by: Andras [ ]
MiniArt in the last decade or so established itself out as a “plastic aftermarket company” as well as developing plastic models of higher and higher quality. Alongside “proper” scale models, they are producing plastic buildings, figures and accessories for dioramas that we would normally expect smaller companies to produce using resin in a much smaller production run.
In this set MiniArt has issued five German machine guns; two of each of the iconic MG34 and MG42, and one of the lesser known ZB-53 -in German service known as MG37(t).
The MG34 and its successor the MG42 both were very widely used recoil-operated air-cooled general purpose machine guns, both with incredible rate of fire (900 round per minute and 1200 round per minute respectively), and both were reliable, simple constructions. It’s probably unnecessary to introduce the MG34 and MG42 in much detail- these were the quintessential German machine guns which can be seen on almost all contemporary photos. They have been used as an area-denial weapons due to their incredible rate of fire by the infantry, but they were mounted on armoured vehicles, and some variants on airplanes as well. (There’s an interesting discussion by a youtube member on the differences between the Bren gun and the German machine guns MG32/42 which is worth watching: https://www.youtube.com/watch?v=VXQygRVvEmM)
The ZB-53 was a gas-operated, belt-fed, air-cooled Czech design which was used similarly varied roles as infantry weapon as well as vehicle mounted machine gun, using the same 7.92×57mm Mauser cartridge as the MG34/42. It was licence built by the UK as the Besa machine gun, and was captured and put into service in high numbers by the Germans after the Munich Agreement. The vehicle variants were slightly different (different barrel) which might limit their use.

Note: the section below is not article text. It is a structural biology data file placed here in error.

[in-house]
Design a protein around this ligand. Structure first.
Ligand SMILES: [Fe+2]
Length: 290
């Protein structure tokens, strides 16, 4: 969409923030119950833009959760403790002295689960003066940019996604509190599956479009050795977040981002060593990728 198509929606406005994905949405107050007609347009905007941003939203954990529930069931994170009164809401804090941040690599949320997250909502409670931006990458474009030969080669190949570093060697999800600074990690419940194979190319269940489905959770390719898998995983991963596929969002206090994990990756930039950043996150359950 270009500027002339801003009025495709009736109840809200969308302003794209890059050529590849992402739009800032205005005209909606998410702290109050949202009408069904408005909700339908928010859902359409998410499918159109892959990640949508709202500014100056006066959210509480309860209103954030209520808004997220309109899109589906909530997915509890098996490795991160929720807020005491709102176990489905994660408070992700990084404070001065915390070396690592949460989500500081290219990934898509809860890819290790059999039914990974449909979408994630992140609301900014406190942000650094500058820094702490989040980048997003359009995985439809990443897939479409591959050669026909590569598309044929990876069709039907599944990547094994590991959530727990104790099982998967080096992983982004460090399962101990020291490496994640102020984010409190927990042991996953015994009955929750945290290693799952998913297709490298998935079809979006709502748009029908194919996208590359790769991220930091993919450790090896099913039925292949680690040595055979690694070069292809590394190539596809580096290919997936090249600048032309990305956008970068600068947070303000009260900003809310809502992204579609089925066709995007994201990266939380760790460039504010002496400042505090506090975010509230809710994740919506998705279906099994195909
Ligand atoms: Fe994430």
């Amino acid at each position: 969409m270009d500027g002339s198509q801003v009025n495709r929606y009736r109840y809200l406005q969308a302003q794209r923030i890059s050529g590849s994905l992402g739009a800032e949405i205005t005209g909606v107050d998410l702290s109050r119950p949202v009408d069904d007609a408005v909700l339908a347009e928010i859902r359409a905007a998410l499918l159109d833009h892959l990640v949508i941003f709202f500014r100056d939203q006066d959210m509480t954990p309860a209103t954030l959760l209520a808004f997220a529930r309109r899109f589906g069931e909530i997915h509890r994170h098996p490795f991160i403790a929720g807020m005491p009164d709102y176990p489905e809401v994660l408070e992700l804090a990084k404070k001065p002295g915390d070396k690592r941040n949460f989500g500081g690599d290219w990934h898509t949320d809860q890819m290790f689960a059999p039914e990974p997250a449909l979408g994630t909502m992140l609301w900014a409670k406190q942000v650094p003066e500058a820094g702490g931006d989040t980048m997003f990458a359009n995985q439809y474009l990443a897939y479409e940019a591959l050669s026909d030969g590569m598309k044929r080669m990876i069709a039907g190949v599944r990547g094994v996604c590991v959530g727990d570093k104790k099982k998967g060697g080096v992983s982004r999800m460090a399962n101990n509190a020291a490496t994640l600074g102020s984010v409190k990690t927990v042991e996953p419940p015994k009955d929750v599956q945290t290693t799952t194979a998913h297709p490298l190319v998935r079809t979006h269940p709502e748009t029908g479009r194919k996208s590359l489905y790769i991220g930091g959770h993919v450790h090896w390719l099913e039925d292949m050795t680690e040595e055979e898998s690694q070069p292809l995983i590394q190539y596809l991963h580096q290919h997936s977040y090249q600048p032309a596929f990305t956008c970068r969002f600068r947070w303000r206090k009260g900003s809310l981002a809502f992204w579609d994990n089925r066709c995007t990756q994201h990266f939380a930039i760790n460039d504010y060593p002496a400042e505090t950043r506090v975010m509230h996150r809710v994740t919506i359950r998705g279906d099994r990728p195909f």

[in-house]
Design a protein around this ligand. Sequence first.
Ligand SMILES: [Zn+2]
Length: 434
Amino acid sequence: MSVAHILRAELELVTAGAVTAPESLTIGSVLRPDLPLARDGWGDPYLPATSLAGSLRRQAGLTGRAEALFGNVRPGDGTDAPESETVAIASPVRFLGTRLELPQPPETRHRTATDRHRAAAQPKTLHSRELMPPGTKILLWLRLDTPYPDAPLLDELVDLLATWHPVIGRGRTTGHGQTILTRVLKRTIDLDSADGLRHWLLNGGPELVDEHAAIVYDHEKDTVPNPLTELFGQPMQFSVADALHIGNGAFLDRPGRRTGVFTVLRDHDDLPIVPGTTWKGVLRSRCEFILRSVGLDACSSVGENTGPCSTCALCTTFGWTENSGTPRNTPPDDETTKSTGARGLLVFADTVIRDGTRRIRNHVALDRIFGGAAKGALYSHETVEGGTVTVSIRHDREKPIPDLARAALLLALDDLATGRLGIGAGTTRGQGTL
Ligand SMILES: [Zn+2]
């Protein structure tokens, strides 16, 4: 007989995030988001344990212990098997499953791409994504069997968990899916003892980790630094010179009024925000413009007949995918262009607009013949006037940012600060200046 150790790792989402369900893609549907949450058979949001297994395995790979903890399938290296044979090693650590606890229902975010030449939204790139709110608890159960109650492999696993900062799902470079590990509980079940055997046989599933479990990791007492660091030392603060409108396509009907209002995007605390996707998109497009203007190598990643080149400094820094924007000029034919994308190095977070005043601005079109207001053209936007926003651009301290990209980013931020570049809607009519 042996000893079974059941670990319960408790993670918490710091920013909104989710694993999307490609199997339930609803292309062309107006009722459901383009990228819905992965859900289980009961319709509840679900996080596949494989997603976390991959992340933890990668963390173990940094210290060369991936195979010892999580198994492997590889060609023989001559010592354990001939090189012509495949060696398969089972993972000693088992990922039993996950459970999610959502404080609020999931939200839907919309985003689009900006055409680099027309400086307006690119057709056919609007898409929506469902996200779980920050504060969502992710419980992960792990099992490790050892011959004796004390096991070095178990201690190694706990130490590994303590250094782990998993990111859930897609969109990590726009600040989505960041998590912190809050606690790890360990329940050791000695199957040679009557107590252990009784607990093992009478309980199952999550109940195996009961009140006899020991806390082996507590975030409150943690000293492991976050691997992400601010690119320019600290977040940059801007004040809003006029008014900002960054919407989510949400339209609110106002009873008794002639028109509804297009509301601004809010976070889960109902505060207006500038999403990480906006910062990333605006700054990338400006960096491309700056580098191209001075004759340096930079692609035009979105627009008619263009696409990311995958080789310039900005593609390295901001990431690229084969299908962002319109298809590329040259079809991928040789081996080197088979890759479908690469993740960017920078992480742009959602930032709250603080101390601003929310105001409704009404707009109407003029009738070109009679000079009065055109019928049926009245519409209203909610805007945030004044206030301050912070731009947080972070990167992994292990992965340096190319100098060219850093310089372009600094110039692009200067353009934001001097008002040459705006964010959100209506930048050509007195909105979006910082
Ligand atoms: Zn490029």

The MG34/42 were used on the Lafette 34 tripod as well as bipods, but MiniArt has only provided the bipod option. The MG37, however, is supplied with a tripod.
What you get in this set:
The set comes in the typical envelop-style MiniArt box with a very nice cover art showing the contents of the model lined up next to each other. The instructions are on the back. The parts are in a small bag, with the PE in a small paper envelope with the MiniArt logo. Lately all new MiniArt kits seem to come with these envelopes; not sure how prominent the damage was to the PE frets during transit before, but additional protection of the delicate brass sheets is welcome.
The guns are made up by a surprisingly large number of parts, especially the tripod for the ZB-53 (relative to their sizes, of course). The detail is impressive, but that comes with a price: tiny plastic and even tinier PE parts (the buckles for the gun straps are given as individual PE parts which need to be cut accurately- a very delicate process with a high chance of the part flying away into the great blue yonder if you are not careful. (Use the sticky side of some masking tape to hold the small parts in place.) The plus side is that you can show the guns in the process of reloading.
All guns come with some extras: ammo holders, ammo belts, extra barrel holders.
Overall the detail is impressive, but so is the complexity for such small items. These guns are certainly not for the beginner. If you decide you want to put the time and effort into these guns, the results will talk for themselves, but in general, I think their main appeal is for the maximalists among us.